New self-care product regulations are coming to Canada. Will your brand be ready?
When Congress passed the Dietary Supplement Health and Education Act in 1994, dietary supplements were placed in a unique marketing position. Unlike prescription drugs, which must be rigorously tested to prove both safety and efficacy before they are approved by the Food and Drug Administration (FDA) for commercial release, dietary supplements can go to market immediately. The FDA monitors the “claim” to ensure there is no implied cure wording and the Federal Trade Commission (FTC) assesses the truthfulness of the label claim only if there is a complaint.
Product claims are a key component of dietary supplement positioning and marketing. Companies use claims to showcase their product's health effects, nutritional benefits or performance to reinforce brand values and help boost sales.
Substantiating product claims is an important aspect of any product launch or
repositioning strategy. Not having the right type or level of data required to support a
claim can put a brand at risk for regulatory consequences, negative publicity and,
ultimately, a loss of market share and competitive advantage.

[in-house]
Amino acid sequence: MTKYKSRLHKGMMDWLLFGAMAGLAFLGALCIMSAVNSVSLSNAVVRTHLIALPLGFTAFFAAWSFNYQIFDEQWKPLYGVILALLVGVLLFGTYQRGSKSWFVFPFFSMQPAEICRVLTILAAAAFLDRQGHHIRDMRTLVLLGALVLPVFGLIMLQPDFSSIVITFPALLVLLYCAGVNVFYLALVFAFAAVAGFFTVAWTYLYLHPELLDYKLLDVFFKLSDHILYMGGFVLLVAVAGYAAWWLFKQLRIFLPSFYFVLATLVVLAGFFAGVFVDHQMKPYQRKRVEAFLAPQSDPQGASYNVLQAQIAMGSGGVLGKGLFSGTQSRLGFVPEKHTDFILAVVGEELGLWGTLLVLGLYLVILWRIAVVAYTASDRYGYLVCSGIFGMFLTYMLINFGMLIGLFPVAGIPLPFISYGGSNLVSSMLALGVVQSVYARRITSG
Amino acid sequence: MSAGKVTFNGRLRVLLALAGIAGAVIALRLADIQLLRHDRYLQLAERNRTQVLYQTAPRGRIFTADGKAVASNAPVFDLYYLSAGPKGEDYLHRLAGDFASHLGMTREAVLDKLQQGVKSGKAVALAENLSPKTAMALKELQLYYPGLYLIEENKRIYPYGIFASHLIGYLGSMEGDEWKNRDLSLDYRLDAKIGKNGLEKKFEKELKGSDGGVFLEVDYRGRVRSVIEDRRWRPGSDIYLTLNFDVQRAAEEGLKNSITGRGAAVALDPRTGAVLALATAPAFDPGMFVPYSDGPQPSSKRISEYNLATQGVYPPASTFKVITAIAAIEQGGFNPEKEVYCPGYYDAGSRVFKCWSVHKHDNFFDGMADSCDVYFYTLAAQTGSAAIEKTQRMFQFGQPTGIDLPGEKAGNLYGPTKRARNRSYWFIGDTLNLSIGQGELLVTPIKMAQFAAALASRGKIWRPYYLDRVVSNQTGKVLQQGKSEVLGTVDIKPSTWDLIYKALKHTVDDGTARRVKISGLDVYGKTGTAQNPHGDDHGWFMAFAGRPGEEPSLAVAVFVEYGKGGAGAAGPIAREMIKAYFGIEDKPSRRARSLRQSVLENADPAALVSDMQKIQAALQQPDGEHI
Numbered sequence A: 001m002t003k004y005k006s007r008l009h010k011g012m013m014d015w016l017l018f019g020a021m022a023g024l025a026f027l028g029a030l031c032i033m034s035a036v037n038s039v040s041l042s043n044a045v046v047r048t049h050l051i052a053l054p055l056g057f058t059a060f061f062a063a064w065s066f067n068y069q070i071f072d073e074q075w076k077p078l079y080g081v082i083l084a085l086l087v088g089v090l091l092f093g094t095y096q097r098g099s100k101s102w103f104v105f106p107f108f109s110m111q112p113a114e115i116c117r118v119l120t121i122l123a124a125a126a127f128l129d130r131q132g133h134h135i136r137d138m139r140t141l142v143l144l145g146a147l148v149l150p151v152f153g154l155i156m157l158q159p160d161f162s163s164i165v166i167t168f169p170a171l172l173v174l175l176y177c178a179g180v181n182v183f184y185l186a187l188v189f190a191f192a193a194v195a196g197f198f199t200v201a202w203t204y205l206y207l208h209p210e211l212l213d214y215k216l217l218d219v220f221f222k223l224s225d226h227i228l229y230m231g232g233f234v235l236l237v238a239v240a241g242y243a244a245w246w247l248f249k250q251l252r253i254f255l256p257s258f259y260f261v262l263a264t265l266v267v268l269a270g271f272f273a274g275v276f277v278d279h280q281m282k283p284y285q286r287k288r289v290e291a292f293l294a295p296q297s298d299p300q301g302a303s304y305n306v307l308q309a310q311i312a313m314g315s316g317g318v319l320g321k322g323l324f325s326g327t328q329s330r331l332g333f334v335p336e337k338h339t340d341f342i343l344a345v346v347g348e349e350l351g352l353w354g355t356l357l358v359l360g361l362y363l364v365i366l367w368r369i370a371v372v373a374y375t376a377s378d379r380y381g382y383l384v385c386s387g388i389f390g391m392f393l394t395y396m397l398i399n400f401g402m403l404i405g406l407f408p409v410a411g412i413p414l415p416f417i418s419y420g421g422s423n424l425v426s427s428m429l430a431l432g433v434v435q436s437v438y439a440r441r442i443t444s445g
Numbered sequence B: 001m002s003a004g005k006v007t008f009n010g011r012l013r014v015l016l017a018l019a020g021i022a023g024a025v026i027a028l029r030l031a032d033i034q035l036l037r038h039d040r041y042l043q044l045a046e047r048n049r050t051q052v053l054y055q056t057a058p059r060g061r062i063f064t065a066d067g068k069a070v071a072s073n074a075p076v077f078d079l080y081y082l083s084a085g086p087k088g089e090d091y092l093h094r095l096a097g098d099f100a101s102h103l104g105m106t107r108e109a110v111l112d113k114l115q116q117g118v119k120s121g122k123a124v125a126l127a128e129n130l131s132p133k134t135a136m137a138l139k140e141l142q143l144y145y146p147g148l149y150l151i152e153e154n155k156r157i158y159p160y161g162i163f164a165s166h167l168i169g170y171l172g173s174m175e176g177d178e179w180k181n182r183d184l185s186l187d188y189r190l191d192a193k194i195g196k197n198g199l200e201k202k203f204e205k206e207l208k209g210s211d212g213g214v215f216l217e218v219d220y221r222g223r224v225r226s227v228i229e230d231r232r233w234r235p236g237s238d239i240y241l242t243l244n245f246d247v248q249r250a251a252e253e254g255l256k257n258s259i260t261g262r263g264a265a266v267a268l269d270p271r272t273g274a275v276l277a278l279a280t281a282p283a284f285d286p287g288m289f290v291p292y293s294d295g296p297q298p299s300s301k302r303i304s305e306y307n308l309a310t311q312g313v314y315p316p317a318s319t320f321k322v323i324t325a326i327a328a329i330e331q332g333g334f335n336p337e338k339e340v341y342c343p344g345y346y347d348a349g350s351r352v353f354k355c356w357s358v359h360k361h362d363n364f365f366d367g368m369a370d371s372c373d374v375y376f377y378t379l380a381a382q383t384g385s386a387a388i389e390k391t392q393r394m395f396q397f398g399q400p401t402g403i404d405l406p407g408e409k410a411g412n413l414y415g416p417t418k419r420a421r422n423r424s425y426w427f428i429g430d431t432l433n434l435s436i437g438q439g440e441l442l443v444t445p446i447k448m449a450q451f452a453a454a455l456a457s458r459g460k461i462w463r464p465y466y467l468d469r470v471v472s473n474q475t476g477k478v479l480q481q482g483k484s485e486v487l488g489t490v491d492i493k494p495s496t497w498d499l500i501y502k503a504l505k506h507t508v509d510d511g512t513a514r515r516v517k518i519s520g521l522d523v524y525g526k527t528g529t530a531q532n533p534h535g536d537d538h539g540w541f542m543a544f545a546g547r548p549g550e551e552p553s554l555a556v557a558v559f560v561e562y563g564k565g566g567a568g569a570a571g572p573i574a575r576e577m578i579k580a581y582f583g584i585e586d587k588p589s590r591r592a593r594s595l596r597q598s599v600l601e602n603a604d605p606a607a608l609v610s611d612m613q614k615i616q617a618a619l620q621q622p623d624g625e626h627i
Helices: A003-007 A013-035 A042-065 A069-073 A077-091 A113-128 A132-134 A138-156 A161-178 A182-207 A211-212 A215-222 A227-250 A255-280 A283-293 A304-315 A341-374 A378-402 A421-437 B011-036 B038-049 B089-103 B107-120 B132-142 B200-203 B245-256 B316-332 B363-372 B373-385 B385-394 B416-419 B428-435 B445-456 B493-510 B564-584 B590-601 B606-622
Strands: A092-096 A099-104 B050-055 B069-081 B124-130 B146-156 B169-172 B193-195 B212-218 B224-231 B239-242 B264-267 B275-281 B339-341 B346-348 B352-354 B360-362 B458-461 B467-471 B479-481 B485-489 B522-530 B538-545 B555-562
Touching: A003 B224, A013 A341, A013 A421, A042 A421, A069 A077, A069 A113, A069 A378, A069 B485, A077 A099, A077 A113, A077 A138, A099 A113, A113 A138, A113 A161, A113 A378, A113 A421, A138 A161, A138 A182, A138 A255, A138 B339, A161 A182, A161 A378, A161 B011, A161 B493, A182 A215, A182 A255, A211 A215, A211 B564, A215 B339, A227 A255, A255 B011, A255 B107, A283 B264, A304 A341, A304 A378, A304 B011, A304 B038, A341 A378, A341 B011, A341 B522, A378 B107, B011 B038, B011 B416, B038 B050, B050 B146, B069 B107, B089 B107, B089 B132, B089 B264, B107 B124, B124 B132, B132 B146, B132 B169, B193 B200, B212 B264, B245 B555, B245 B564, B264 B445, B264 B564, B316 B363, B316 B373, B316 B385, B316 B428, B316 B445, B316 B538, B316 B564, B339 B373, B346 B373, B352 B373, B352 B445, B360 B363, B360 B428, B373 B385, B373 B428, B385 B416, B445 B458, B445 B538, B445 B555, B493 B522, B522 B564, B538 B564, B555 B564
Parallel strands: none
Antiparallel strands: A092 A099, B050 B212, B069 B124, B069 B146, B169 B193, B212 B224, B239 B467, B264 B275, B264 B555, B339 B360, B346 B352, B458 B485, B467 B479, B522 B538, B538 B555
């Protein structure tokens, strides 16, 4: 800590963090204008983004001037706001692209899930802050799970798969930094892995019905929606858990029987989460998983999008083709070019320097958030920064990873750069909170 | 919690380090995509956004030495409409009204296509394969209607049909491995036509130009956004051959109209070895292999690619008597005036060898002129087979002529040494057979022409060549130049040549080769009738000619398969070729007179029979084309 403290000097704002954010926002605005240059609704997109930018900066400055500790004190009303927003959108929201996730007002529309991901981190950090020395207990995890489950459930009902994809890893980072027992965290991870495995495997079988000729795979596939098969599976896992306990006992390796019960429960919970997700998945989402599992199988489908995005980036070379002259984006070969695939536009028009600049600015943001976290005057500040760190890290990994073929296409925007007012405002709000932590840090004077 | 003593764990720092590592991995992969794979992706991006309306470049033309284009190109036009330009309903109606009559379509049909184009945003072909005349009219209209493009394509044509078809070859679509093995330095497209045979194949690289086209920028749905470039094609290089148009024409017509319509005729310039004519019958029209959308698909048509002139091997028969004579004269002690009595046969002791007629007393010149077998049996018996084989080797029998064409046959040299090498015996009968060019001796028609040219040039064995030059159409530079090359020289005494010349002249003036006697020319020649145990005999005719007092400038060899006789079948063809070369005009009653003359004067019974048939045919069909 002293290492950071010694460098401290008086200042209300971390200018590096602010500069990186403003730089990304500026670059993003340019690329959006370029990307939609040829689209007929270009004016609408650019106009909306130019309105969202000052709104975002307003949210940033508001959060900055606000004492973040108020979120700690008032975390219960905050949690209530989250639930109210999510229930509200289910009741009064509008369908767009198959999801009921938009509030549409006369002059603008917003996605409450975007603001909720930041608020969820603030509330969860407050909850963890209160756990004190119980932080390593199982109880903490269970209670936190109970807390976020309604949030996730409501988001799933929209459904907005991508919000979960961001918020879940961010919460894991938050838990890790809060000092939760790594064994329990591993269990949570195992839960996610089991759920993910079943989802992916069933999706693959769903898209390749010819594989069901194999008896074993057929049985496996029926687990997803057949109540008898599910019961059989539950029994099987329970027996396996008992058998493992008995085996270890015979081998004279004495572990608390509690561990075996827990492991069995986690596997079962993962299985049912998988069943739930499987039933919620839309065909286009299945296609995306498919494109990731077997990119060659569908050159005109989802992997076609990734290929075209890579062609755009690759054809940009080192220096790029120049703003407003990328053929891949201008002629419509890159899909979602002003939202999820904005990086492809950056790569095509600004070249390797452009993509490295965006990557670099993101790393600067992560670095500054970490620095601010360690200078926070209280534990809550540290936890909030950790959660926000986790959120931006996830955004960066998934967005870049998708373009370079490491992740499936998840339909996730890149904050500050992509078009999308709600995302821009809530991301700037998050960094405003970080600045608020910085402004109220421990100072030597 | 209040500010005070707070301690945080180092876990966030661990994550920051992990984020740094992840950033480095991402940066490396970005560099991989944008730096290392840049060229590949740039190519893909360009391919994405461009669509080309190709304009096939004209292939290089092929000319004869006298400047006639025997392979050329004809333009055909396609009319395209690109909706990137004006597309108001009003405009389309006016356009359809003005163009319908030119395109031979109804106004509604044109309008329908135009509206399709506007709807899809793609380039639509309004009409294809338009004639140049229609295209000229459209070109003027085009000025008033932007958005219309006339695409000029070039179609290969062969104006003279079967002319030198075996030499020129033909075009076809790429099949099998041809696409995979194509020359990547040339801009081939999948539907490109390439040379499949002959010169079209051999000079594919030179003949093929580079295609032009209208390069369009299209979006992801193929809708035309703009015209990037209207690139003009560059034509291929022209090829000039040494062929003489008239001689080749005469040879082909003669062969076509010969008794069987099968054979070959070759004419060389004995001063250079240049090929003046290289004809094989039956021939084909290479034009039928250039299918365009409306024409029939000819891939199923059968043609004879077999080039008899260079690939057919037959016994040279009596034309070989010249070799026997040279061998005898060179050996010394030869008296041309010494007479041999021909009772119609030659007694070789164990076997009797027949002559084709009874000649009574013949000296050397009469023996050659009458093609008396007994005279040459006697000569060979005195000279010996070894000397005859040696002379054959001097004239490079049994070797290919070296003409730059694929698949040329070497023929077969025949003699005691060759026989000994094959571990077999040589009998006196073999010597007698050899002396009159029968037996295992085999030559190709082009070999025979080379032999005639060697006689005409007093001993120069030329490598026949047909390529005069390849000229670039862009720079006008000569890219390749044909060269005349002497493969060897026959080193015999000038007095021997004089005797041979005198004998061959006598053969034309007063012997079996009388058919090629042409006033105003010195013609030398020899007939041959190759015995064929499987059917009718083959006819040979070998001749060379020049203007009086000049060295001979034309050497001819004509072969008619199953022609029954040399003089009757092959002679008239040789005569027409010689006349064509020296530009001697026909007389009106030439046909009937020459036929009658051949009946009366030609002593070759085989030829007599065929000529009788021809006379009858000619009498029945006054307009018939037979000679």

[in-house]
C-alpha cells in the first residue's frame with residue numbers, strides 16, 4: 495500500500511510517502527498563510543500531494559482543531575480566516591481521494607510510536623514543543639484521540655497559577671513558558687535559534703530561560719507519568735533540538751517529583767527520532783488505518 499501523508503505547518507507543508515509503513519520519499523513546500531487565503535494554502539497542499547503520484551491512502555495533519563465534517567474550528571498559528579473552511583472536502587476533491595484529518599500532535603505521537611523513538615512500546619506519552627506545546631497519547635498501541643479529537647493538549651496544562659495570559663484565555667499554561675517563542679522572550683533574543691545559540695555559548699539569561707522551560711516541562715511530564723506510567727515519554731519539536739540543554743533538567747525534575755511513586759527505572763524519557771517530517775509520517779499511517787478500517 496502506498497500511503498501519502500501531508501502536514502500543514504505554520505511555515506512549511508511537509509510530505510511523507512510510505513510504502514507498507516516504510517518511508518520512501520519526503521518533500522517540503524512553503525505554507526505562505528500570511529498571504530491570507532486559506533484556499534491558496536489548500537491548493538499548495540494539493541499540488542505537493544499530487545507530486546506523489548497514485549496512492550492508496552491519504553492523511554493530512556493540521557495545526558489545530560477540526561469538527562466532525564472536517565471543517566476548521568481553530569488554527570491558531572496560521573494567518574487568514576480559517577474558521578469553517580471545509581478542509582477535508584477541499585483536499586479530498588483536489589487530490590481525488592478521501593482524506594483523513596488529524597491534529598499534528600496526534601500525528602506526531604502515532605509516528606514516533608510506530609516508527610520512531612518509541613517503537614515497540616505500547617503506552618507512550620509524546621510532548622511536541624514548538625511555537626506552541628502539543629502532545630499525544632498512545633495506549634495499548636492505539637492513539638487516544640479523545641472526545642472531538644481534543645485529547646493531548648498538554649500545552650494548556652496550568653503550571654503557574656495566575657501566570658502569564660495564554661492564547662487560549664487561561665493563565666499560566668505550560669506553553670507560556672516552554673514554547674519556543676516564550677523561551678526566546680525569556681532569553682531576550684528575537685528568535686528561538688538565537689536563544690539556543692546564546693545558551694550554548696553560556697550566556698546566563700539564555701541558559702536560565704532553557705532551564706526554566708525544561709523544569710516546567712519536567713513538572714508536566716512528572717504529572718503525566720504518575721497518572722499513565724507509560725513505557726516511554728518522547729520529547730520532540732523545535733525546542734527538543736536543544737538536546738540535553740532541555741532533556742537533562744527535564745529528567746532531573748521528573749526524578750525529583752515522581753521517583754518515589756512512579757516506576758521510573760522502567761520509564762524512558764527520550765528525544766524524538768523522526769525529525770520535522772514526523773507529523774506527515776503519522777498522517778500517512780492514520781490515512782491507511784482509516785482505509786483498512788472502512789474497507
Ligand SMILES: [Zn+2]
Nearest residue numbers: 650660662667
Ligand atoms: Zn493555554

Below are five essential tips and best practices from our Dietary Supplement Claims Substantiation E-Book which you can use to develop an effective claims strategy for your dietary supplement:
The verdict is in on one of the two high-profile dietary supplement industry cases before the courts this year. The decision from the U.S. Court of Appeals for the D.C. Circuit upheld the Federal Trade Commission's (FTC) charges that POM Wonderful and POMx ads were deceptive. The ads claimed that the product could treat, prevent or reduce the risk of heart disease and prostate cancer, but lacked clinical evidence to substantiate such claims.
The decision led to questions around how much clinical evidence is required to support a health claim. How is a company promoting the benefits of natural health products supposed to navigate the regulatory landscape when even the guidances are not clear?
Consumer interest in quality, transparency, traceability and labelling has grown substantially in the past decade. According to the Supplements/OTC/Rx (SORD) database, an ongoing market research platform launched in 2006, 44% of consumers are concerned about supplement quality.